Australia’s newest supercomputer details supernova remnant

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Credit: Pawsey Supercomputing Center

Australia’s newest supercomputer, Setonix, has produced a highly detailed image of a supernova remnant immediately after the computing system’s first stage was made available to researchers.

Data used to create the image was collected with CSIRO’s ASKAP radio telescope, which is owned and operated by Australia’s national science agency, on Wajarri Yamatji Country in Western Australia. That data was then transferred to the Pawsey Supercomputing Research Centre in Perth via high-speed optical fibre. 

Dr Pascal Elahi, Pawsey’s supercomputing applications specialist, said deploying this first phase of Setonix has increased the computing power of the Pawsey Centre by 45 per cent. ‘Processing data from ASKAP’s astronomy surveys is a great way to stress-test the Setonix system and see what is possible.’ Within 24 hours of accessing the first stage of Pawsey’s new Setonix system, CSIRO’s ASKAP science data processing team began integrating their processing pipeline into the new system.

Setonix – named after Western Australia’s favourite animal, the quokka (Setonix brachyurus) – is the key part of a $70 million capital upgrade of the Pawsey Centre. The new supercomputer is being installed in two stages. The first stage is underway, and the second stage is expected to be completed later this year.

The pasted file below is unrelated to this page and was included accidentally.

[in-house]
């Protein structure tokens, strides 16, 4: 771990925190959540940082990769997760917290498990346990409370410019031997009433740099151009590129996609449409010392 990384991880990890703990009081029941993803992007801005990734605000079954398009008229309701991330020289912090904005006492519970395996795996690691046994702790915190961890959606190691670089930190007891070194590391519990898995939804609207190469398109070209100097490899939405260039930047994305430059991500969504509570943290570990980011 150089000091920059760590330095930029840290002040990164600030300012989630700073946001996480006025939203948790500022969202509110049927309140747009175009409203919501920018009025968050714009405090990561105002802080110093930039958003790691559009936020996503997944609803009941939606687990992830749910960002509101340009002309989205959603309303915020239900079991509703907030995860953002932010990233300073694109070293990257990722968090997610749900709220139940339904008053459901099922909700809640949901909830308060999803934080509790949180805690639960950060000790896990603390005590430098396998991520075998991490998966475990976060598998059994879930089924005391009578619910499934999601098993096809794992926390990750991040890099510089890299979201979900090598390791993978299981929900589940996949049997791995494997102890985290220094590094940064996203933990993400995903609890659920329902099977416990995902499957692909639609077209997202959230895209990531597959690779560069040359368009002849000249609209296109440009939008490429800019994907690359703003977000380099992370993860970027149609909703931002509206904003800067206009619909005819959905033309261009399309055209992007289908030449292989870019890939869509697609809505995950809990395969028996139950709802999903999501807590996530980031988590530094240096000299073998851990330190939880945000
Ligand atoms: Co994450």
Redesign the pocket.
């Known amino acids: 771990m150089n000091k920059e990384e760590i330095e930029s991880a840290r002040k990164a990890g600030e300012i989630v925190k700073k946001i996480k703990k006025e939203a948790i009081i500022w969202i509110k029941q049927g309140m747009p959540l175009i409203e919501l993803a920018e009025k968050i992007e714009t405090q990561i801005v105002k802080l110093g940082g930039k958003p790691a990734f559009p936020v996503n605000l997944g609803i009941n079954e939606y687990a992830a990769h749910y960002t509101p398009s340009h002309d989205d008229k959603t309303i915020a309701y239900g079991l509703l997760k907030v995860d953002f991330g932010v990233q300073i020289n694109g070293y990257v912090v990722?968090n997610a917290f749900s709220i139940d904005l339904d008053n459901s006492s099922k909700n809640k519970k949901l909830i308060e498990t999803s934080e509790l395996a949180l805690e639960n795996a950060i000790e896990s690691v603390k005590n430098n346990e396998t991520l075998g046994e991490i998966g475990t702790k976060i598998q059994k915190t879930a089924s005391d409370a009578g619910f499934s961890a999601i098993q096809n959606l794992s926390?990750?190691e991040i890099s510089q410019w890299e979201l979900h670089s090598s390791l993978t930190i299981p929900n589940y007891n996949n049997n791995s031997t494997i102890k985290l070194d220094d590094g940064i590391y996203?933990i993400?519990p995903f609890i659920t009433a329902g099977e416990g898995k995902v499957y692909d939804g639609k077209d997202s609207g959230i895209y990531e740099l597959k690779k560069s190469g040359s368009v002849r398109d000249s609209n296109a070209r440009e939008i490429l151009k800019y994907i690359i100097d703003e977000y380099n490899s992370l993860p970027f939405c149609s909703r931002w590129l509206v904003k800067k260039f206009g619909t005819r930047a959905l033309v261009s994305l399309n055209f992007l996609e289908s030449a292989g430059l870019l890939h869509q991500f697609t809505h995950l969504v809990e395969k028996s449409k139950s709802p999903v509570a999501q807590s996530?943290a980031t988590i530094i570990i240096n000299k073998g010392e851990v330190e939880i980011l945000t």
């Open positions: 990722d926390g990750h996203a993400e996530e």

While Setonix is ramping up to full operations so is ASKAP, which is currently wrapping up a series of pilot surveys and will soon undertake even larger and deeper surveys of the sky. Setonix will be used to process the data collected by ASKAP.

Dr Wasim Raja, a researcher on CSIRO’s ASKAP team, said the supernova remnant’s dataset was selected to test the processing software on Setonix, given the challenges involved in imaging such a complex object. ‘The speed at which we reproduced our current workflows is a good sign as we look to improve and optimise them to fully exploit Setonix’s capabilities,’ comments Raja. ‘Setonix’s large, shared memory will allow us to use more of our software features and further enhance the quality of our images. This means we will be able to unearth more from the ASKAP data.

‘We look forward to working together with colleagues at the Pawsey Centre, who were pivotal to this success, as we continue integrating the complete processing pipelines on Setonix,’ added Dr Raja.

When fully operational, Setonix will be up to 30 times more powerful than Pawsey’s earlier Galaxy and Magnus systems combined. This will allow for more processing of the vast amounts of data coming in from many projects, and more science will be achieved in a fraction of the time.